Most of the western world has been hit by recession or credit crunch or whatever you want to call it. These times seem to happen every few decades as far as I can tell.
And so in the lead up to 2012, there were a lot of people complaining about the Olympics. And then there was the Royal Wedding. The Queen’s Diamond Jubilee.
Pomp and Circumstance costs money, and we are a nation that likes to complain. There are the anti-royalists. And there were a great many of my friends who just didn’t get the Olympics and Paralympics. I have long loved the Olympics and everything they are about and stand for. I love the Paralympics possibly even more (only they don’t have gymnastics yet).
People moaned as they saw the costs of stadiums and ceremonies. But didn’t they get that those facilities could then be used for many years to come? Edinburgh has a fantastic Olympic length pool with a diving pool, thanks to hosting the Commonwealth Games before I was born. Manchester has an amazing velodrome that’s helped produce the success of a cycling team that won the majority of Gold medals on offer in Beijing and London thanks to hosting the Commonwealth Games in 2002.
It was a sucky summer, but as the Olympic torch went round the country in all the glorious British weather, people began to steadily get involved. Schools and youth organisations were able to educate people on the heroes of past Olympics and Paralympics. The history behind it all, and get kids excited to be healthy and active. Our Guides had a lot of fun doing the On Your Marks sports badge, and one patrol has since done the ‘Culture’ badge that’s part of the same programme.
We worried the opening ceremony would be crap, and ‘it would never compare to Beijing’. An American presidential candidate visited our country and told us we’d never pull it all off (I haven’t forgotten your rudeness Mr Romney).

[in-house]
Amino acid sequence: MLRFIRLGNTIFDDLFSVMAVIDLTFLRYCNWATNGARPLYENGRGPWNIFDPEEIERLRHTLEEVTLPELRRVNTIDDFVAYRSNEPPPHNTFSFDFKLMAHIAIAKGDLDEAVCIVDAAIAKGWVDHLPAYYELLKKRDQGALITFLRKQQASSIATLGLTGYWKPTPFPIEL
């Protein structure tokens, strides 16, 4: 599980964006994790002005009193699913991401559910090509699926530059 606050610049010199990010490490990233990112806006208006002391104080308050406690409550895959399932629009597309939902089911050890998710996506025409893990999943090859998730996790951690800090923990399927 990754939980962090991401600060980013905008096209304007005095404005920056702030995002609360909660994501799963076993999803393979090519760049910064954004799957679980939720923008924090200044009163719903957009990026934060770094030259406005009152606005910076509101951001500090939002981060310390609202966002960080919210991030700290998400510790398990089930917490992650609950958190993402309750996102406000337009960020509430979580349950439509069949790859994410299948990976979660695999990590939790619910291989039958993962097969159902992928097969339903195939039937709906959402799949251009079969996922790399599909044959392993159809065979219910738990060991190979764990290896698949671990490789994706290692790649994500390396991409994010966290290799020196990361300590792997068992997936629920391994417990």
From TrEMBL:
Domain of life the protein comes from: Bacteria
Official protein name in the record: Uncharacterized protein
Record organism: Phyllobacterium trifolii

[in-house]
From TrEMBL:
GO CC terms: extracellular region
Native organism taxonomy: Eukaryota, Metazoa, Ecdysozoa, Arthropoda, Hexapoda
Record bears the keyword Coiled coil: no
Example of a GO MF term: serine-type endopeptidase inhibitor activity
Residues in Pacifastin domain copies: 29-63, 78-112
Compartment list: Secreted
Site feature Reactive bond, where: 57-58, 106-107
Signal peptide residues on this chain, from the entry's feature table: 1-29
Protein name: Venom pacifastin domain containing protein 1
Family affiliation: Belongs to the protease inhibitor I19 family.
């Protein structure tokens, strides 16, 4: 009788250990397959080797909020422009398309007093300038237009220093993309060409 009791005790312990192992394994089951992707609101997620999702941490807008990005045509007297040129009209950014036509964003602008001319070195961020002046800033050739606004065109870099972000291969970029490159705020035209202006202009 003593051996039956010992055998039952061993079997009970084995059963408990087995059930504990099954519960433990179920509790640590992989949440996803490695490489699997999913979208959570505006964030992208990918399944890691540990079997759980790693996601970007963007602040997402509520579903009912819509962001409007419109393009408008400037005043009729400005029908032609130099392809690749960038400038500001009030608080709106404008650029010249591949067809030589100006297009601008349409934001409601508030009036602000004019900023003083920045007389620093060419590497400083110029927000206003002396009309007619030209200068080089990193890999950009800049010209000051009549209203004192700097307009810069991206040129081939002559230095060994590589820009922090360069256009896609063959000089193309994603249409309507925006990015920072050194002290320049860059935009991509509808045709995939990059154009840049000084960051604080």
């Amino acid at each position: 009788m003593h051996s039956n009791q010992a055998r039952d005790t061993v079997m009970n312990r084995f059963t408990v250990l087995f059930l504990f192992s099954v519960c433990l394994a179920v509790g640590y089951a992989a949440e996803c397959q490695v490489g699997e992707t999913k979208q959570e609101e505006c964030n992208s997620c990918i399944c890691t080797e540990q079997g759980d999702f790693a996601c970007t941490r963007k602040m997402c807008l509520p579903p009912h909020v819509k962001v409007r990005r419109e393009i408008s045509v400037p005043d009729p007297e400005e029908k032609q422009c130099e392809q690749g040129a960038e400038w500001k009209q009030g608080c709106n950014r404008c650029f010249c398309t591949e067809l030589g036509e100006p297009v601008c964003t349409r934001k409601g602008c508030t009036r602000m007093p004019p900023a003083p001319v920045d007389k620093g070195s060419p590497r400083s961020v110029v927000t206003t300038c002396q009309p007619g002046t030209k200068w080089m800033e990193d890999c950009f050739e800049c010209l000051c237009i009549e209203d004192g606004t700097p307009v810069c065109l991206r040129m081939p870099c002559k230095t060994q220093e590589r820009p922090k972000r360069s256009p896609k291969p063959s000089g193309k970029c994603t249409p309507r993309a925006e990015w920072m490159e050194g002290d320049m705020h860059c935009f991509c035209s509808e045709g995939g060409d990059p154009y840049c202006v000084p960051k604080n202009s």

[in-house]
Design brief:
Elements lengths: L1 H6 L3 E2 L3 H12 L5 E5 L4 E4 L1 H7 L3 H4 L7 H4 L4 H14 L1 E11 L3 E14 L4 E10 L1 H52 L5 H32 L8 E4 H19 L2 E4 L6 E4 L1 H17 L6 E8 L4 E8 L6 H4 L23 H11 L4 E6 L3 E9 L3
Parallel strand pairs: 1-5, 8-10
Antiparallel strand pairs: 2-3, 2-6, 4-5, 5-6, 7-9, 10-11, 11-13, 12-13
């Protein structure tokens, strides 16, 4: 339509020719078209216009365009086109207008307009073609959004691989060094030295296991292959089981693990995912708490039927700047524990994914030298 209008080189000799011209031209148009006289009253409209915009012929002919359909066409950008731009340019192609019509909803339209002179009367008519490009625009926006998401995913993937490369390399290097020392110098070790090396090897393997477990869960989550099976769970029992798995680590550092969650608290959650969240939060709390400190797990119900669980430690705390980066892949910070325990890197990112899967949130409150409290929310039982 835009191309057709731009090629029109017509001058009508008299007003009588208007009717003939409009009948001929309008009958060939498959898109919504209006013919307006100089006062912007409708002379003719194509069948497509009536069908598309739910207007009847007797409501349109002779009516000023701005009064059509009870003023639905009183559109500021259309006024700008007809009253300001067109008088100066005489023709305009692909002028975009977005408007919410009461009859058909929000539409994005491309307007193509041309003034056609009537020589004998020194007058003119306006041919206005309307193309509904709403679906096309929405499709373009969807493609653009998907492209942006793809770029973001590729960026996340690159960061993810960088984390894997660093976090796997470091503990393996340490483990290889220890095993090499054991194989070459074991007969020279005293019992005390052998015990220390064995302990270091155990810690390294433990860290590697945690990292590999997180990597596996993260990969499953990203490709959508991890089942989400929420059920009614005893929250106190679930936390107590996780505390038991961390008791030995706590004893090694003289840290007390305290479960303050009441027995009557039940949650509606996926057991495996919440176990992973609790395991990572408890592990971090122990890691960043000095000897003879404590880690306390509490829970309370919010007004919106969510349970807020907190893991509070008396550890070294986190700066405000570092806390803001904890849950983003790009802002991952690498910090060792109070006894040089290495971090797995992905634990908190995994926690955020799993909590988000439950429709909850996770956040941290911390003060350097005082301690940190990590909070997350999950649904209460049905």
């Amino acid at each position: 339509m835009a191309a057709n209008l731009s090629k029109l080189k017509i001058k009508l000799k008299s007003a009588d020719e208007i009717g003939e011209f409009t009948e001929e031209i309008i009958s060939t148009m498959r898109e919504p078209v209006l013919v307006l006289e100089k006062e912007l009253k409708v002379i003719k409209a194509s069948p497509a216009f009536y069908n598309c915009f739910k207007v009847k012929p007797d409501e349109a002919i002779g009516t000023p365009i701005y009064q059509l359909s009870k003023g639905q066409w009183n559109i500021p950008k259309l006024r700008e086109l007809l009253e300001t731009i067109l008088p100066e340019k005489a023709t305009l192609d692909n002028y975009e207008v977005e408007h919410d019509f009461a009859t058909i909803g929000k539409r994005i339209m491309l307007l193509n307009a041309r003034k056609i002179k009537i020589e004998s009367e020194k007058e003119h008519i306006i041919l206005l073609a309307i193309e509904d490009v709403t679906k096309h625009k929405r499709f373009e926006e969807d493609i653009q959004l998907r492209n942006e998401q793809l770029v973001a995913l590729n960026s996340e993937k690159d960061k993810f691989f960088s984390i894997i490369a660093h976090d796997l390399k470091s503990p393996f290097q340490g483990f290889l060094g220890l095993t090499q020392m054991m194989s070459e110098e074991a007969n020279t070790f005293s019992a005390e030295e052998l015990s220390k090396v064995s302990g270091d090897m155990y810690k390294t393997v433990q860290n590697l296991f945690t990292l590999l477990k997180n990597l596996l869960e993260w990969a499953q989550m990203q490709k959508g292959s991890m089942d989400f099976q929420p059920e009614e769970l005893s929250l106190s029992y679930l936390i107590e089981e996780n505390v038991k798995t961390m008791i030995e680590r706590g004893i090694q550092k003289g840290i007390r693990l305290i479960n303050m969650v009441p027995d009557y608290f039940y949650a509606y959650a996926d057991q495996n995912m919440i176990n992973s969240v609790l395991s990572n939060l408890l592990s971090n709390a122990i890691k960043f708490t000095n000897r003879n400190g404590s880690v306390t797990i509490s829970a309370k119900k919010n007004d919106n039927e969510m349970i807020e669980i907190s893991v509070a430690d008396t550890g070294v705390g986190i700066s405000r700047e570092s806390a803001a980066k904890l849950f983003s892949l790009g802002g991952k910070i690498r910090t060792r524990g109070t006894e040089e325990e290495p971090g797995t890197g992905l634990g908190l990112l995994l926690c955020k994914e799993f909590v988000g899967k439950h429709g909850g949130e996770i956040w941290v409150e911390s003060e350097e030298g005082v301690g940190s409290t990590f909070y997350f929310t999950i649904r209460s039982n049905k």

At a Jubilee we all enjoyed an extra long bank holiday weekend, and gathered to celebrate being British. What fun it ended up being – even for some of those who would happily oust the Royal Family from their palaces. A superb opening ceremony directed by our own Danny Boyle reminded everyone of what Great Britain has contributed to the world in a positive way. We celebrated the NHS. Literature. The internet. Music. Film. And with great pride and shock we watched James Bond escort the REAL Queen to the Olympic Ceremony. We clapped and cheered and suddenly the beauty of all the volunteers, artists, dancers, musicians and more got us hooked. We saw countries we’d never heard of represented in small numbers walk into the stadium with pride and we wanted to cheer them on to, as well as our own.
We saw the Paralympics come home – started by a Jewish refugee escaping the holocaust who used his medical skills to improve the outcomes for soldiers who had been paralysed. And from there, his passion and enthusiasm to use sport as part of the rehabilitation process led to the first Stoke-Mandeville games alongside the London 1948 games.
We could have called the whole thing off. We could have scrimped and lessened the beauty. But everything considered, in hard times, it did what their motto was along… it inspired a generation.
People cheered. People gathered. The nation became a community again. Kids jumped on their bikes, or started flipping or begged to be allowed to join teams or start classes. People were given hope.
I fully agree with Paul Madonna. It can be easy to cut money given to ‘the arts’ in tough financial seasons. But really, if you do that what is left to enjoy and inspire us?
We cut the beauty, and all we’ll be left with is hard times without it.
I’d rather have both than just one.